The third parameter is div and it describes how the chromosome is divided over leading and lagging strands. If this number is 0.557, the leading replication strand is modeled to make up 55.7% of the chromosome.
The final parameter is shift (the dotted vertical line), and denotes the offset of the origin of replication compared to the DNA FASTA file. This parameter has no biological meaning of itself, and is an artifact of the DNA assembly process.
The goodness-of-fit number consists of the root mean squared error of the fit, divided by the absolute mean skew. This latter correction is made to not penalize good fits for bacteria showing significant skew.
GC skew tends to be defined very strongly, and it is therefore used to pick the div and shift parameters of the DNA sequence, which are then kept as a fixed constraint for all the other skews, which might not be present as clearly.
The fitting process itself is a downhill simplex method optimization18 over the four dimensions, seeded with the average observed skew over the whole genome, and assuming there is no shift, and that the leading and lagging strands are evenly distributed. To ensure that the globally optimum fit is (very likely) achieved, ten optimization attempts are made from different starting points. This fitting process is remarkably robust in the sense that even significant changes in parameters or fitting strategies cause no appreciable change in the results.
For every chromosome and plasmid the model parameters are stored, plus the adjusted root mean squared error.
Both for quality assurance and ease of plotting, individual CSV files are generated for each chromosome, again at 4096 nucleotide resolution, but this time containing both the actual counts of skews as well as the fitted result.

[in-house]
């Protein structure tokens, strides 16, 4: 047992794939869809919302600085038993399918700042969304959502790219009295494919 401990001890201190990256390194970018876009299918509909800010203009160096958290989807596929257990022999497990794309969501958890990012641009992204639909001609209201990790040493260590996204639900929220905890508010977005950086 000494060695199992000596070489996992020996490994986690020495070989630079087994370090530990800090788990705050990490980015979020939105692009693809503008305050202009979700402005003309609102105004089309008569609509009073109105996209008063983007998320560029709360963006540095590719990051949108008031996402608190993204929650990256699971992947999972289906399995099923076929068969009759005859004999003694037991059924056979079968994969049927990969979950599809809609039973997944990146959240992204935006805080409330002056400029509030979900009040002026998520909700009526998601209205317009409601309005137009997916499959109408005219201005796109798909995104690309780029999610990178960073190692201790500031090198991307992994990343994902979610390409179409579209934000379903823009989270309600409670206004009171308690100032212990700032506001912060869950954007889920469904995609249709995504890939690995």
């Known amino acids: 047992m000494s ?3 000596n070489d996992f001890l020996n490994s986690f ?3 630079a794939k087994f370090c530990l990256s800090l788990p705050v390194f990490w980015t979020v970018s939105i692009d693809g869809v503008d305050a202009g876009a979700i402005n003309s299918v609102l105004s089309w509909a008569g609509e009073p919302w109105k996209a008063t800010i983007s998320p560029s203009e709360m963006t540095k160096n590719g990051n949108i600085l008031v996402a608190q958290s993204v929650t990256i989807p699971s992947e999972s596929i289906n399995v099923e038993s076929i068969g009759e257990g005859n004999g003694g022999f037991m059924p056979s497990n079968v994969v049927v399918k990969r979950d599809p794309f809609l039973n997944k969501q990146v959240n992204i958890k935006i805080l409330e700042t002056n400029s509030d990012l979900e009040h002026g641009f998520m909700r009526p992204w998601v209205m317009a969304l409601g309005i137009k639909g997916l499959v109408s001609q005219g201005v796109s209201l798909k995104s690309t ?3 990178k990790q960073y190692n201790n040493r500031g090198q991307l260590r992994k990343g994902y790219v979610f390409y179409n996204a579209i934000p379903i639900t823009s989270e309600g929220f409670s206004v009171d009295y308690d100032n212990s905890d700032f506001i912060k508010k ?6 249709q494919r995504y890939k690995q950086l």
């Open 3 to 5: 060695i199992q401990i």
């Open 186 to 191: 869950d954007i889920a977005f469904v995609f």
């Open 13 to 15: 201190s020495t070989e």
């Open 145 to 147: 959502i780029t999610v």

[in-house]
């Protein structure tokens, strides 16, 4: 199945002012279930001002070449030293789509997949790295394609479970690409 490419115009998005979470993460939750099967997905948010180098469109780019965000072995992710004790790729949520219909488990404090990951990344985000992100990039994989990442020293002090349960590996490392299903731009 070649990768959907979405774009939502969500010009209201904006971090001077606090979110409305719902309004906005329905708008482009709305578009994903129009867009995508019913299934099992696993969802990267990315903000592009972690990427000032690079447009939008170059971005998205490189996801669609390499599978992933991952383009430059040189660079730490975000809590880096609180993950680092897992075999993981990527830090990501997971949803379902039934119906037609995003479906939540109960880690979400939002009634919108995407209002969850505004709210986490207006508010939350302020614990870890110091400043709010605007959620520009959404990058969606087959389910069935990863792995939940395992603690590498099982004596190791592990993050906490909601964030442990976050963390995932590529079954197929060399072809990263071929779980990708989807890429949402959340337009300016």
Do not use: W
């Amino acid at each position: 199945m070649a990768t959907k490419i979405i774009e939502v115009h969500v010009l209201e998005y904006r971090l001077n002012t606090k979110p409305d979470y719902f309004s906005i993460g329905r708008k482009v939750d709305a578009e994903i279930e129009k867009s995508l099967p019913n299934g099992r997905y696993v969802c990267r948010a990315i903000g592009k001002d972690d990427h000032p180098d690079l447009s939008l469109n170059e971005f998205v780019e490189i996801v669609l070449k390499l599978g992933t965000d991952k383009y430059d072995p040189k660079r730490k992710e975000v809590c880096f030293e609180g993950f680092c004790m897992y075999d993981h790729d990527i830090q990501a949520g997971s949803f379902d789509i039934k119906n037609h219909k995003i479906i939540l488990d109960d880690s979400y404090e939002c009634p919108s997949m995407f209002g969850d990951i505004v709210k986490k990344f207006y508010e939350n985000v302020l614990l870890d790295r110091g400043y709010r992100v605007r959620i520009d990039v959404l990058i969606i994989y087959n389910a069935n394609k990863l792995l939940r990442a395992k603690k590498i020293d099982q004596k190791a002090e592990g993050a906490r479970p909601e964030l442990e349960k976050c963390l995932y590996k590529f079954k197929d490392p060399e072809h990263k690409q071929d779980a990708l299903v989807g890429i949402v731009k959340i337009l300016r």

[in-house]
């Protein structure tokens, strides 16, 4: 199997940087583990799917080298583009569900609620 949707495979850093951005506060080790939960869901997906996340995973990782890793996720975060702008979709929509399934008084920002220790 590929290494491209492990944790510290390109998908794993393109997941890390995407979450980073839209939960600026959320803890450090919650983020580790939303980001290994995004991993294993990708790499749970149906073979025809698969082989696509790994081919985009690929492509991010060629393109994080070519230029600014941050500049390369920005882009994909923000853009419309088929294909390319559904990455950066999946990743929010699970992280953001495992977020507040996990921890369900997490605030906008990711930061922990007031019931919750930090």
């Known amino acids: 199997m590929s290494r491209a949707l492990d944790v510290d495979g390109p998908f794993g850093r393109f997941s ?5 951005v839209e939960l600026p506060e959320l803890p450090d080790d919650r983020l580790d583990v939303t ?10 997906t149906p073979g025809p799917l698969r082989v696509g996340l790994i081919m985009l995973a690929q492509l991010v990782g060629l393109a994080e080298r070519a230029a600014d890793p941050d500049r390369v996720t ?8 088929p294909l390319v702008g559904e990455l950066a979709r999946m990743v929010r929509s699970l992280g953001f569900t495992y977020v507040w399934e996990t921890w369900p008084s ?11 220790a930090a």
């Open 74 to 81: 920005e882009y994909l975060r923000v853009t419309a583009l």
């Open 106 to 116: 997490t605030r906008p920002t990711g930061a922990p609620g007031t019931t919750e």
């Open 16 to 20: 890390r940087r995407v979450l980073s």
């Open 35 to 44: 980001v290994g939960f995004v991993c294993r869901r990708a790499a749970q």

Some sample findings
To popularize the database, an online viewer is available on https://skewdb.org/view. While this article makes no independent claims to new biological discoveries, the following sections show some results gathered from a brief study of the database. Some of these observations may be of interest for other researchers.
GC and TA skews
Most bacteria show concordant GC and TA skew, with an excess of G correlating with an excess of T. This does not need to be the case however. Figure 2 is a scatterplot that shows the correlation between the skews for various major superphyla. Firmicutes (part of the Terrabacteria group) show clearly discordant skews.
In many bacteria, genes tend to concentrate on the leading replication strand. If the codon bias of genes is such that they are relatively rich in one nucleotide, the “strand bias” may itself give rise to GC or TA bias. Or in other words, if genes contain a lot of G’s and they huddle on the leading strand, that strand will show GC skew. As an hypothesis, we can plot the observed GC and TA skews for all Firmicutes for which we have data.
Mathematically the relation between the codon bias, strand bias and predicted GC skew turns out to be a simple multiplication. In Fig. 3, the x-axis represents this multiplication. The y-axis represents the GC and TA skew ratio.
It can clearly be seen that both GC and TA skew correlate strongly with the codon/strand bias product. TA skew goes to zero with the two biases, but GC skew appears to persist even in the absence of such biases.
Figure 4 shows the situation within an individual chromosome (C. difficile), based on overlapping 40960-nucleotide segments. On the x-axis we find the strand bias for these segments, running from entirely negative sense genes to entirely positive sense genes. The skew is meanwhile plotted on the y-axis, and here too we see that TA skew goes to zero in the absence of strand bias, while GC skew persists and clearly has an independent strand-based component.